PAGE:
Cancer rates continue to edge upwards globally, as do significant neurological disorders in children and adults. In a review of changing patterns of neurological mortality in the 10 major developed countries (1979-2010), Pritchard, Mayers, and Baldwin (2013)[xviii] conclude that brain diseases are affecting more people and are affecting individuals at earlier ages than previously. The increasing incidents cannot be explained alone by endogenous factors, but must derive from a shift in environmental factors that shape human materialities.
My research on autism has reviewed interesting similarities between UNSCEAR’s description of radiation-induced developmental syndromes[xix] and autism spectrum disorders given that both are distinguishable by increased do novo mutations. Could increased exposure to ionizing radiation play a role in autism? People with autism are especially likely to have micro-deletions[xx] in mitochondrial DNA[xxi] and in DNA regulating brain synaptic development and oxytocin than family members. Mitochondrial DNA is inherited from the mother and mutations are transmitted across generations, with potential adverse health consequences increasing with the accumulation of mutations. Mitochondrial DNA is particularly vulnerable to damage, especially from ionizing radiation.
A study of the mitochondrial DNA of people who live in an area of Iran with high background radiation found that higher rates of mitochondrial DNA mutations correlated with higher background exposure and that point mutations were transmitted across generations. The researchers suggested that the observed mitochondrial mutability might be explained by genetic hot spots that are particularly prone to mutation by radiation.[xxii]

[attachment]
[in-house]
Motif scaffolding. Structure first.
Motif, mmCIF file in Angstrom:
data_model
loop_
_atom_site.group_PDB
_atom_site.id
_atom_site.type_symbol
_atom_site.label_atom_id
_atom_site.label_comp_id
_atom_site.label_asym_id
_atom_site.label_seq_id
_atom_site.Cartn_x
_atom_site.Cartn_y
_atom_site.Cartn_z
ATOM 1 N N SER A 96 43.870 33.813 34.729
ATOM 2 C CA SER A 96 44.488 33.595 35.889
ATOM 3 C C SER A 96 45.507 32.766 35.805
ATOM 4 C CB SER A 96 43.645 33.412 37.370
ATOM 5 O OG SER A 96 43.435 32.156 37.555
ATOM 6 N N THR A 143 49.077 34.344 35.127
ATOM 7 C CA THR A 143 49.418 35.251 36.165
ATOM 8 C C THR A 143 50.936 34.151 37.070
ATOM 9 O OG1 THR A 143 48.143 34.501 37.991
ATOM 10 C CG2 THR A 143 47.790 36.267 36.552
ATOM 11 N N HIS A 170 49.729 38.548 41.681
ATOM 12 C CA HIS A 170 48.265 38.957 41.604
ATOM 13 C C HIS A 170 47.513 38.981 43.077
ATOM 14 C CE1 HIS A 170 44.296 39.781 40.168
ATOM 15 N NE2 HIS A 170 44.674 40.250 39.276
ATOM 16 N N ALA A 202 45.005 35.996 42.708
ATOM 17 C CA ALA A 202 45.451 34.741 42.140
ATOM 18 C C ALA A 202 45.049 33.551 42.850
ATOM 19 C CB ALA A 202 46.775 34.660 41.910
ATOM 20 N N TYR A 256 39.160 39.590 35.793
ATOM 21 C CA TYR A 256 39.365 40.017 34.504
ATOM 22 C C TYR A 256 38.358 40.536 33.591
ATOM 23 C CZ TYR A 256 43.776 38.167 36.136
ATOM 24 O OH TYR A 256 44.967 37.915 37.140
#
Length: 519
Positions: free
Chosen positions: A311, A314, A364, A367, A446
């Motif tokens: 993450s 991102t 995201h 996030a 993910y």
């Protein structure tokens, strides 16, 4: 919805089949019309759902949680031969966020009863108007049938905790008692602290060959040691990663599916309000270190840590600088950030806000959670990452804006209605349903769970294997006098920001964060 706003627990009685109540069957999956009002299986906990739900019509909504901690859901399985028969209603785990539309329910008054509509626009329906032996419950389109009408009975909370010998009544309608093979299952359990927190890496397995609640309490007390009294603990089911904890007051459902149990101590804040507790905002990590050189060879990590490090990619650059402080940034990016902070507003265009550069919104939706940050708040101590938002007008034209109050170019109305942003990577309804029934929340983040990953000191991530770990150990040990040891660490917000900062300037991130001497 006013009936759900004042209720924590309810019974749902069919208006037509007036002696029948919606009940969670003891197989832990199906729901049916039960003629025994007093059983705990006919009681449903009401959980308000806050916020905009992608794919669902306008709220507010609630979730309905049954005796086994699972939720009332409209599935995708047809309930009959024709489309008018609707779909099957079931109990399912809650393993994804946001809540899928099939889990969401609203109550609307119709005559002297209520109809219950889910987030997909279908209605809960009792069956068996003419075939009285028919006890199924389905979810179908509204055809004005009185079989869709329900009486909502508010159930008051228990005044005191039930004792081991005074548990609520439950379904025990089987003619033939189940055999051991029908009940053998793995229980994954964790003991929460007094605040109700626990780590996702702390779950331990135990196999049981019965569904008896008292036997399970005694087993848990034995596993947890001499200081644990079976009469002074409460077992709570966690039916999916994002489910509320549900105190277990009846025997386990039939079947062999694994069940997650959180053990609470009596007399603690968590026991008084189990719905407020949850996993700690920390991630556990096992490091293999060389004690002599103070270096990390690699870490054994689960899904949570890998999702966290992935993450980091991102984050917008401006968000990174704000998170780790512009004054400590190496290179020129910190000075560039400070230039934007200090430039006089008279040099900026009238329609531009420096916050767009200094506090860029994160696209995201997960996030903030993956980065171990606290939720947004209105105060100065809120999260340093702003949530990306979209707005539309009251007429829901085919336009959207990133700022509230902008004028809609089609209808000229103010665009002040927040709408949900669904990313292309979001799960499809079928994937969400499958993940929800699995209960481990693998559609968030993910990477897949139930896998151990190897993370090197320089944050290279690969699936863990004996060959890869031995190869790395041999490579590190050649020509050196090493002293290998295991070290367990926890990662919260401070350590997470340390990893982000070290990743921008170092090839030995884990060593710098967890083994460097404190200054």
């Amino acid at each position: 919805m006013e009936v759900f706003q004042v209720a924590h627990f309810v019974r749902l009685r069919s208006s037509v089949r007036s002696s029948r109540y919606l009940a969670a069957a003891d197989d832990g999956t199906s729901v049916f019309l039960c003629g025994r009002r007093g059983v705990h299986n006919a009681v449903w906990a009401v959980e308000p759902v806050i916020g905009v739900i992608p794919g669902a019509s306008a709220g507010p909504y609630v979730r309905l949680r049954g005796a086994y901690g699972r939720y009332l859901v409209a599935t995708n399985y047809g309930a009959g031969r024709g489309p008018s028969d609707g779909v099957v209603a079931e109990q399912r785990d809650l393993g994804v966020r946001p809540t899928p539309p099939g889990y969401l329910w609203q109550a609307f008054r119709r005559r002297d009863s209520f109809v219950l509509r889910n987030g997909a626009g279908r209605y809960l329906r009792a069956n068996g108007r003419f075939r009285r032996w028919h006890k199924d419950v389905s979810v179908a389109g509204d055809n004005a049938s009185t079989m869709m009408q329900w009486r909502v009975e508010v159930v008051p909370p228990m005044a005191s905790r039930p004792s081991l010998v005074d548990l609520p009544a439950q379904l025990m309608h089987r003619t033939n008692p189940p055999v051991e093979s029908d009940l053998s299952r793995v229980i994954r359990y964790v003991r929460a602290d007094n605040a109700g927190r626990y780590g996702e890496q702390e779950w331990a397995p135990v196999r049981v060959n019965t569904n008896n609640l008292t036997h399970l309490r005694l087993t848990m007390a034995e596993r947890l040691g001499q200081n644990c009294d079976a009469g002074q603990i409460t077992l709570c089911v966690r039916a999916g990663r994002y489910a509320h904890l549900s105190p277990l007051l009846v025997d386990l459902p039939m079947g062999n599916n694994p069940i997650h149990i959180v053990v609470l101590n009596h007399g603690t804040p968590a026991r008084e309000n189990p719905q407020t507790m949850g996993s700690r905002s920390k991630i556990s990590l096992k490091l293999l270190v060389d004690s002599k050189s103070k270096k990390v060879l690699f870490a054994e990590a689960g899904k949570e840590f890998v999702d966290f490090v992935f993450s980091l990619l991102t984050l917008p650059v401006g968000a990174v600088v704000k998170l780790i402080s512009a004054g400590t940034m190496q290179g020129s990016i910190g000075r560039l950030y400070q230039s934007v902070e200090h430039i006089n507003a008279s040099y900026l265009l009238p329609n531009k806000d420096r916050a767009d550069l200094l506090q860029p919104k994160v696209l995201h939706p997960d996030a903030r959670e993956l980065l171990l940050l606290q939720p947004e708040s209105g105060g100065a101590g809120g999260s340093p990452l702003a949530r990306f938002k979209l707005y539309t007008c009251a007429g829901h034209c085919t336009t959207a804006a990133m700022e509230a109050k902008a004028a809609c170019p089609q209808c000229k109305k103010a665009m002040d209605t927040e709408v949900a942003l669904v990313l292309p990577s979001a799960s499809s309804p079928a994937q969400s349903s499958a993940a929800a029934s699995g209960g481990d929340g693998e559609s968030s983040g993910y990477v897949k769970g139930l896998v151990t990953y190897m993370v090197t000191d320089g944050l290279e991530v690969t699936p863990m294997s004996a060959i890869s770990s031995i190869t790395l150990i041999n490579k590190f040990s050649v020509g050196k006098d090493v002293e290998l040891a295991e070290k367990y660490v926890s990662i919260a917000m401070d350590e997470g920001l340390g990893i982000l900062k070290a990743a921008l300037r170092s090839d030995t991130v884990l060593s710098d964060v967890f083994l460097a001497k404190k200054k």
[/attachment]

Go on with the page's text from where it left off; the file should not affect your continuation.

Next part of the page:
Our antiquated-Mendelian models of heritable genetic disease and strong commitments to autonomous individualism, proclivities reinforced institutionally, may in fact dis-able us from recognizing our material vulnerability to our built environments. Our limited perspective blinds us to the implications of rising disease incidents.
We need to be LOWERING our body burdens of genotoxins, NOT RAISING THEM to please a dying, inefficient, and non-competitive energy industry.
I leave you with this excerpt of findings on wild monkeys exposed to “low dose” Fukushima fallout:
Momoko Suda Nov 25 2018 Effects of suspected radiation exposure seen in Fukushima wild monkeys: researchers
TOKYO -- Researchers found fewer cells that become blood in the bone marrow of wild Japanese macaques living in northeastern Japan's Fukushima Prefecture along with the delayed growth of fetuses after the 2011 nuclear crisis, possibly due to radiation exposure.
Findings of abnormalities in these monkeys have been continuously reported in British scientific journals. Researchers assume that the monkeys ingested items like tree bark contaminated with radioactive cesium emanating from the Fukushima Daiichi Nuclear Power Station. Tohoku University's Department of Pathology professor emeritus Manabu Fukumoto and his research team performed hematological analysis of adult monkeys captured after the nuclear disaster. They inspected blood cell counts in the bone marrow of 18 monkeys caught in locations within 40 kilometers from the plant, including the city of Minamisoma and the town of Namie. Fukumoto's team then compared the data to that of monkeys from other areas. The results revealed various substances destined to mature into blood, like cells that develop into platelets, had decreased in Fukushima monkeys.
Furthermore, the team observed some blood components had greatly decreased in monkeys with higher internal radiation exposure per day. They estimated the radiation dose from the concentration of radioactive cesium in the monkeys' muscles. Fukumoto explained, "We need to conduct long-term research to see if it (the abnormalities) has an effect on the monkeys' health."
Can we save ourselves by coming to grips with our biological vulnerabilities to the catastrophic risks engineered into our energy systems? I can only hope.
Dr. Majia Nadesan
[i] C. Sermage-Faure, D. Laurier, S. Goujon-Bellec, M. Chartier, A. Guyot-Goubin, J. Rudant, D. Hemon and J. Clavel (2012) ‘Childhood Leukemia around French Nuclear Power Plants-The Geocap Study, 2002-2007’, International Journal of Cancer, 131, 5, p. 769-780, http://onlinelibrary.wiley.com/doi/10.1002/ijc.27425/pdf, date accessed 7 September 2012.
[ii] M. Blettner, P. Kaatsch, S, Schmiedel, R. Schulze-Rath, and C. Spix (2008) ‘Leukaemia in Young Children Living in the Vicinity of German Nuclear Power Plant’, International Journal of Cancer, 122, 721–726.